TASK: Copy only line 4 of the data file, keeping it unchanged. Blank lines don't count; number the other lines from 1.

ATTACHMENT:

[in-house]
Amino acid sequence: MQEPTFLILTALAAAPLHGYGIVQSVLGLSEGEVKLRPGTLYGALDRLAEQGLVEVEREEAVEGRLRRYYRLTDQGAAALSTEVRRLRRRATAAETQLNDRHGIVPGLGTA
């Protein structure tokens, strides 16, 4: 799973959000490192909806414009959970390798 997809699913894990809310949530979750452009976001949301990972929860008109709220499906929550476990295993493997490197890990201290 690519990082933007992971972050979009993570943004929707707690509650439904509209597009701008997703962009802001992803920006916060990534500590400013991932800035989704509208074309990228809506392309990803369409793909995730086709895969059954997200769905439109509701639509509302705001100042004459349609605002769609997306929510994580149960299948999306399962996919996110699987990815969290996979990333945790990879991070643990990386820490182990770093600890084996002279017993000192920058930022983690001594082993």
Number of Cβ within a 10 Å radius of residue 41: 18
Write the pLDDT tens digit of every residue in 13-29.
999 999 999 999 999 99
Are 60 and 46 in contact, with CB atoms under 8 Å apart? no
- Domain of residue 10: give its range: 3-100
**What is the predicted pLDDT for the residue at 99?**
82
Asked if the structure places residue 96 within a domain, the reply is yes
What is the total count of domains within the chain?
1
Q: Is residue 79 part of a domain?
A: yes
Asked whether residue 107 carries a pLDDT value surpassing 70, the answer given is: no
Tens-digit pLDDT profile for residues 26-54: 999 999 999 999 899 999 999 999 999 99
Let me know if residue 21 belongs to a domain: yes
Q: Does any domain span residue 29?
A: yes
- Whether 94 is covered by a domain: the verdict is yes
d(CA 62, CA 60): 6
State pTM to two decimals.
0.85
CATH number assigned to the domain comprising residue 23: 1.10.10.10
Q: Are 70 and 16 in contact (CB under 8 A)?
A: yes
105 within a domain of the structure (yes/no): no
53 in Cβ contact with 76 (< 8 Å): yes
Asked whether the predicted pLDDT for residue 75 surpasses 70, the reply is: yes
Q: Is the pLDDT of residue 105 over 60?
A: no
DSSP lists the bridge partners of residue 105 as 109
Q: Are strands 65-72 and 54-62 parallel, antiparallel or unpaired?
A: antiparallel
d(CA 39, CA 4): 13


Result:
Number of Cβ within a 10 Å radius of residue 41: 18